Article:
‘Mind your own business’
Meanwhile, in February 2019, following genuine accusations of antisemitism, Orbán told the Board of Deputies of British Jews to “mind your own business”. And in March 2019, the cover of a pro-government magazine was described by the Times as something that:
could easily have been propaganda from Nazi Germany
Orbán refused to condemn the cover that pictured Andras Heisler, president of the Federation of Hungarian Jewish Communities, surrounded by banknotes.
This background has emboldened the far right on the streets. In October 2019, Vice News reported that a Jewish community centre was attacked by 50 fascists who tore down a rainbow flag and painted antisemitic graffiti. But this wasn’t the first such attack focussed on organisations funded by George Soros’s Open Society Foundations. Spokesperson for Open Society Foundations, Csaba Csontos, told Vice News:
This place is an ideal target for government propaganda. It seems this triggered the far-right actions.
“The media landscape felt quite normal. Now it is all gone”
Against this background, the press is also under attack in Hungary. Writing for Red Pepper, Nagy Gergely Miklós reported that:
Before 2010 (the year Orbán came to power) there was a wide range of different media, with left-wing, liberal or right-wing values. Dailies, news portals, weeklies, radio – the usual. Our democracy wasn’t perfect, and it was young, but the media landscape felt quite normal.
Now it is all gone.
Miklós stated that Fidesz “continues to buy up media outlets, close them, control the advertising market, and generally suffocate the remains of the real press or transform it into yet more propaganda”, and that:
This media pushes out anti‑immigration messages 24 hours day, and attempts to intimidate and destroy anyone who dares to publicly criticise the government.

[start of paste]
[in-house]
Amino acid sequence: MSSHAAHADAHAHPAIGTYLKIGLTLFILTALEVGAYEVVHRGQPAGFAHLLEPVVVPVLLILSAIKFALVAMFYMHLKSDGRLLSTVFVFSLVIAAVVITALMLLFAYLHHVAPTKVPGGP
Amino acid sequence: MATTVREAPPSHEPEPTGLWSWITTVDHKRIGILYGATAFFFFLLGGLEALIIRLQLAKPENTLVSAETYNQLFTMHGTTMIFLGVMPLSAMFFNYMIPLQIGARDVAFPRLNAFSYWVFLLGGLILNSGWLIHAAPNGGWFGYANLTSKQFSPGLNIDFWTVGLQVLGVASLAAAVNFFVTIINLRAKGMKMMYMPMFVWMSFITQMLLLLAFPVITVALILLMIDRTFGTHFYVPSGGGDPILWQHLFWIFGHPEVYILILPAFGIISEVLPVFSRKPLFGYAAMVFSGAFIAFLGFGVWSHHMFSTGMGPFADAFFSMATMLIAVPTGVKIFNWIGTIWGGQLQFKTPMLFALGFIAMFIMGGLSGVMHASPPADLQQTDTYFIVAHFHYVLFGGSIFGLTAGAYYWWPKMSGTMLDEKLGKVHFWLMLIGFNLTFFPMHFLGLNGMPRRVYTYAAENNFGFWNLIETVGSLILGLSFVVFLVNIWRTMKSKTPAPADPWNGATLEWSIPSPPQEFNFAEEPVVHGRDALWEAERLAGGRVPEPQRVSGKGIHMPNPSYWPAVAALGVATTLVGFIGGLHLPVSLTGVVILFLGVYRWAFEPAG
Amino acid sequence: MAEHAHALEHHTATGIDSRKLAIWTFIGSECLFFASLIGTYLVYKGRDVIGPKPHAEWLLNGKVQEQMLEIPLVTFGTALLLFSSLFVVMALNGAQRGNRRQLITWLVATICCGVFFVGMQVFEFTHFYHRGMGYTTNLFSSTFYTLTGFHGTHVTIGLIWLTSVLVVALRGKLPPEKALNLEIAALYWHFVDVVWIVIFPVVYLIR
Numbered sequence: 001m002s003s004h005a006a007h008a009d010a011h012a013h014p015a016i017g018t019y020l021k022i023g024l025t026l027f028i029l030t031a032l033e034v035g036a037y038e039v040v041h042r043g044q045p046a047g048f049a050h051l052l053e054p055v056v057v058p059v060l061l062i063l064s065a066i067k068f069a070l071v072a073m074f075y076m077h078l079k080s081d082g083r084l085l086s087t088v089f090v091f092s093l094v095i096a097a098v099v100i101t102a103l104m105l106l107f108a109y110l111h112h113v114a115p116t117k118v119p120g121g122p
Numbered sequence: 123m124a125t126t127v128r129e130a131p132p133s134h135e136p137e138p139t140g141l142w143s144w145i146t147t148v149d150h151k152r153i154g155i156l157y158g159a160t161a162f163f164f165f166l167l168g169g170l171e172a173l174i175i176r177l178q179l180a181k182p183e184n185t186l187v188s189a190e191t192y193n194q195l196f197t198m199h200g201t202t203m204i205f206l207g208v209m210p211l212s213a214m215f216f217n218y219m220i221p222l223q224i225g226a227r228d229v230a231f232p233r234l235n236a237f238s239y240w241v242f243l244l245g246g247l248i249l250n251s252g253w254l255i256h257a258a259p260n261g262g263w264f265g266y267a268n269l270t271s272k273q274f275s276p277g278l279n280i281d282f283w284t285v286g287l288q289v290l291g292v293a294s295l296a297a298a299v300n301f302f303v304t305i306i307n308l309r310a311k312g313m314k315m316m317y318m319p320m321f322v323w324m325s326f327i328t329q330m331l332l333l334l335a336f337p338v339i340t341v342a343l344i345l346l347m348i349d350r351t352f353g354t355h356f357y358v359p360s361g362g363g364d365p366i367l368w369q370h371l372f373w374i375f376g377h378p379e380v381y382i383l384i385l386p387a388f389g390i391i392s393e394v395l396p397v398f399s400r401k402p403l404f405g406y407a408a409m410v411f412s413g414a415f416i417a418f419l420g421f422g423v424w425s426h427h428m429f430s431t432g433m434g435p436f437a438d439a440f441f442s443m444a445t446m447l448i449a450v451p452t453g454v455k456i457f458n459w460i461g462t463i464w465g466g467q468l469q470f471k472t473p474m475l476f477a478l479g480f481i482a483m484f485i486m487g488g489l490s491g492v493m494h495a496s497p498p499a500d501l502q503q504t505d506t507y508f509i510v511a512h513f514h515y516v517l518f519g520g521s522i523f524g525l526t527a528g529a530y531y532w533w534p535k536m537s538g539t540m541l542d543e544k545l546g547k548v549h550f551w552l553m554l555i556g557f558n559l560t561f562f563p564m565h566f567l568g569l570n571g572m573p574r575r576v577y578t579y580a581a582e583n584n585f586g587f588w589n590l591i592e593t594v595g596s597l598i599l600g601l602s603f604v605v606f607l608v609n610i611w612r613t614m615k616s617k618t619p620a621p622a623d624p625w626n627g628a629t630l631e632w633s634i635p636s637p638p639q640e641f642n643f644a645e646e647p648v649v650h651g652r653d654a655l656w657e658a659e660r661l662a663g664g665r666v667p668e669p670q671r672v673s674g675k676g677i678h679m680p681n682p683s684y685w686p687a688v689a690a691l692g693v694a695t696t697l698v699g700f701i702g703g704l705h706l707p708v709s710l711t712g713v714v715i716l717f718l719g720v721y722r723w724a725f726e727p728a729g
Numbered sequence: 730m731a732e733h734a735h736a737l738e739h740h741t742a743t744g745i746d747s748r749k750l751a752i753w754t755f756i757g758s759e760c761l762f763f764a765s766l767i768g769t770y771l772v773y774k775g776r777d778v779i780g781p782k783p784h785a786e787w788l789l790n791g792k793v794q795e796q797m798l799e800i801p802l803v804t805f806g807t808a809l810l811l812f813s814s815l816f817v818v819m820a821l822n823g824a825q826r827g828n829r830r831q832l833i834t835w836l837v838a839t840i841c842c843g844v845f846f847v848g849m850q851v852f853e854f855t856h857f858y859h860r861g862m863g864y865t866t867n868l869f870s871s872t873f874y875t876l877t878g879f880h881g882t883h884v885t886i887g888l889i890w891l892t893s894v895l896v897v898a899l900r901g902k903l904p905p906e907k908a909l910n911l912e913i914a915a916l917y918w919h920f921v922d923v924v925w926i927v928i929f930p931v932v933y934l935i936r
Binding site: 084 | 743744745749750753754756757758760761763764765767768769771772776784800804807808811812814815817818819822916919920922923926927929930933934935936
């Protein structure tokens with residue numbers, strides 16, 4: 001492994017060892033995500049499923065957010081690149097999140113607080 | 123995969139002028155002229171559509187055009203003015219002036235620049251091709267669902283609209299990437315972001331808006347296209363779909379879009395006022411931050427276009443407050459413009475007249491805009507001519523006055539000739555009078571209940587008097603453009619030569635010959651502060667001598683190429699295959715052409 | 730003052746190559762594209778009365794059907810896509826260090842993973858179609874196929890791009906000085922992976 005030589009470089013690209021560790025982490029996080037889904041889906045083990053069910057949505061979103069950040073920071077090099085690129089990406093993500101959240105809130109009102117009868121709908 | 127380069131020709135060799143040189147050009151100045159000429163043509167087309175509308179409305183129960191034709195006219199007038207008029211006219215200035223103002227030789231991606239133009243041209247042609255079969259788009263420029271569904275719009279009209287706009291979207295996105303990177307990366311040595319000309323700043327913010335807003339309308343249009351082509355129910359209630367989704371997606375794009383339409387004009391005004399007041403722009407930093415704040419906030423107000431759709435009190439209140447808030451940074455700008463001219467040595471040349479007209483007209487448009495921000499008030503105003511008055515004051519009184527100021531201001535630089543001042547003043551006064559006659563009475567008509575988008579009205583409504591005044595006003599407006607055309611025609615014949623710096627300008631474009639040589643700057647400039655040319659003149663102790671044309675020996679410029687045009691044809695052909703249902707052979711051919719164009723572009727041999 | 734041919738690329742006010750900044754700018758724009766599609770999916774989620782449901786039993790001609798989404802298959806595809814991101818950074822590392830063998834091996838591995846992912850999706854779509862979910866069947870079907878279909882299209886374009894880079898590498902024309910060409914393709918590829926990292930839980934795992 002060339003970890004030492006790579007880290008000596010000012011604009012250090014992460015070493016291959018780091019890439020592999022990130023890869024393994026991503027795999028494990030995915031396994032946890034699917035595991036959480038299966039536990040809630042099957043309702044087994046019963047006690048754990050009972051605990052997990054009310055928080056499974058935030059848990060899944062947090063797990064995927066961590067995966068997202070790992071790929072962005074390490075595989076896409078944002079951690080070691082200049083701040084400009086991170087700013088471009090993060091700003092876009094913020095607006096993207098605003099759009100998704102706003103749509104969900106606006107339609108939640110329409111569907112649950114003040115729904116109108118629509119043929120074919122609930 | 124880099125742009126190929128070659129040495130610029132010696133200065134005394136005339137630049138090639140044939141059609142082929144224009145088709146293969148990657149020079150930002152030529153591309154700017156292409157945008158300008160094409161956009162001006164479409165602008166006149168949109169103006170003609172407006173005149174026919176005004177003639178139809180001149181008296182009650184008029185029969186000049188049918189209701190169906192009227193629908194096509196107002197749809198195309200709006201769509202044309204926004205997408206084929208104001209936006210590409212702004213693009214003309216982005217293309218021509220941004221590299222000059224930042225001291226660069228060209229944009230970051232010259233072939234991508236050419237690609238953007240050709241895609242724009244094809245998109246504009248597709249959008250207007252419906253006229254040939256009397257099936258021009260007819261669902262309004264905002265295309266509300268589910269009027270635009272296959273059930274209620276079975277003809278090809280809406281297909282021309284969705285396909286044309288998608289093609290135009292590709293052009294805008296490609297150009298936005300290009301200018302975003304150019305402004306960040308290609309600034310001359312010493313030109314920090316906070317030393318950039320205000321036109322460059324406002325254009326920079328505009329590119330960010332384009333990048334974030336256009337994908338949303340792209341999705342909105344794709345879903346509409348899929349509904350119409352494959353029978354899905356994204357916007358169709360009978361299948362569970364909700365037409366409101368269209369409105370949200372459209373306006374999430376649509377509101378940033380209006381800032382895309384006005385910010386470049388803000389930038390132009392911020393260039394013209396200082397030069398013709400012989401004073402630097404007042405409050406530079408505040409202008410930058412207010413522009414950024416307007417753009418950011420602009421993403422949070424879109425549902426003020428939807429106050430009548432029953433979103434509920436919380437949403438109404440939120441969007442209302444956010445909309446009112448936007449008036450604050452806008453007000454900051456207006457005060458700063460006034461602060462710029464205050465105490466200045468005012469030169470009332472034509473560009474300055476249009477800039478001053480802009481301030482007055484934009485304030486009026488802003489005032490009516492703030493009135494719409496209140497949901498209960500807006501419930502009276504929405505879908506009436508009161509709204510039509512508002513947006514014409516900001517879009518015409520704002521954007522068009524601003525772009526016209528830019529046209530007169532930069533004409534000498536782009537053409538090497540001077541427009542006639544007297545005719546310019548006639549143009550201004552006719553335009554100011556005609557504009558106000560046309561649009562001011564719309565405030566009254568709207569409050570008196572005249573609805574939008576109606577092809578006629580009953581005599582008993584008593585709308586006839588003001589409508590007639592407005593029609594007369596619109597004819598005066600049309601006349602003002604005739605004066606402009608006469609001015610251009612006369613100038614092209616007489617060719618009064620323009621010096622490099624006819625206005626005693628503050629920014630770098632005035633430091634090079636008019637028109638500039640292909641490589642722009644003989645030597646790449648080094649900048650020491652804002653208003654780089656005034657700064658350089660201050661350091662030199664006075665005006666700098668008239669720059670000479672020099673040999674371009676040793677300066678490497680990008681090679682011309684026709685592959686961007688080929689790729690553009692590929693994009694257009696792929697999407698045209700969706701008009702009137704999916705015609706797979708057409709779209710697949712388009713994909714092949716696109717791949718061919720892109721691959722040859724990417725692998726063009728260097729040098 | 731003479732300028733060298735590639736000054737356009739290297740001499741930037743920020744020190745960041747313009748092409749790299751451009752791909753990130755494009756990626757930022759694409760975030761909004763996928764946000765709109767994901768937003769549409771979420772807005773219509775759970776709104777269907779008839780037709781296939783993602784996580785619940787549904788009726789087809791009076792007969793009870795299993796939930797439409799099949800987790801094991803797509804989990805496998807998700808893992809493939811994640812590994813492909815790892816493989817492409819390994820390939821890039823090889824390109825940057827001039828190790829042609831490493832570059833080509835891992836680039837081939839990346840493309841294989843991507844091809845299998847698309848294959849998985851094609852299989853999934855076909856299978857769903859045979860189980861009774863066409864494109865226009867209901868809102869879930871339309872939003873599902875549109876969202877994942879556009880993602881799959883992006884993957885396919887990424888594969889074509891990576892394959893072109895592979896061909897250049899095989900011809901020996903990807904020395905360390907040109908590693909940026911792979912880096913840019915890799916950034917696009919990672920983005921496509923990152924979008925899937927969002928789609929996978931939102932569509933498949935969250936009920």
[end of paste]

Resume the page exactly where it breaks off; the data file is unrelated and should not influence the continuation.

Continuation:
This is what 21st-century fascism looks like
Make no mistake, this is what 21st-century fascism looks like. It comes dressed in smooth-talking suits with the likes of Montgomerie, Orbán, Johnson, and Nigel Farage. To fight this fascism, we need to recognise it and we need to name it. While there’s a minority on the far right who like to parade with swastikas, this isn’t where the threat really comes from. Fascism in 2020 is not going to look outwardly like fascism in the 1930s. It’s had a makeover. But that doesn’t reduce its threat and the need to fight it on every possible front.
That fight has to include maintaining and promoting free and independent media. Virtually all mainstream media outlets joined in with and perpetrated the racist smears against Corbyn. They demonised a committed anti-racist and helped enable Johnson, whose many racist comments have been well documented, gain his massive majority.
Johnson may not have endorsed Montgomerie’s comments. His comments may mean he doesn’t return to work as his special adviser. But that’s not the point. Montgomerie was the PM’s adviser on social justice. And these are the sorts of people at the heart of the Johnson administration. The UK is not in a comparable position with Hungary. Yet. But this shows exactly why resistance to the far right is urgent and vital during the coming weeks and months.
Featured image via YouTube – Guardian News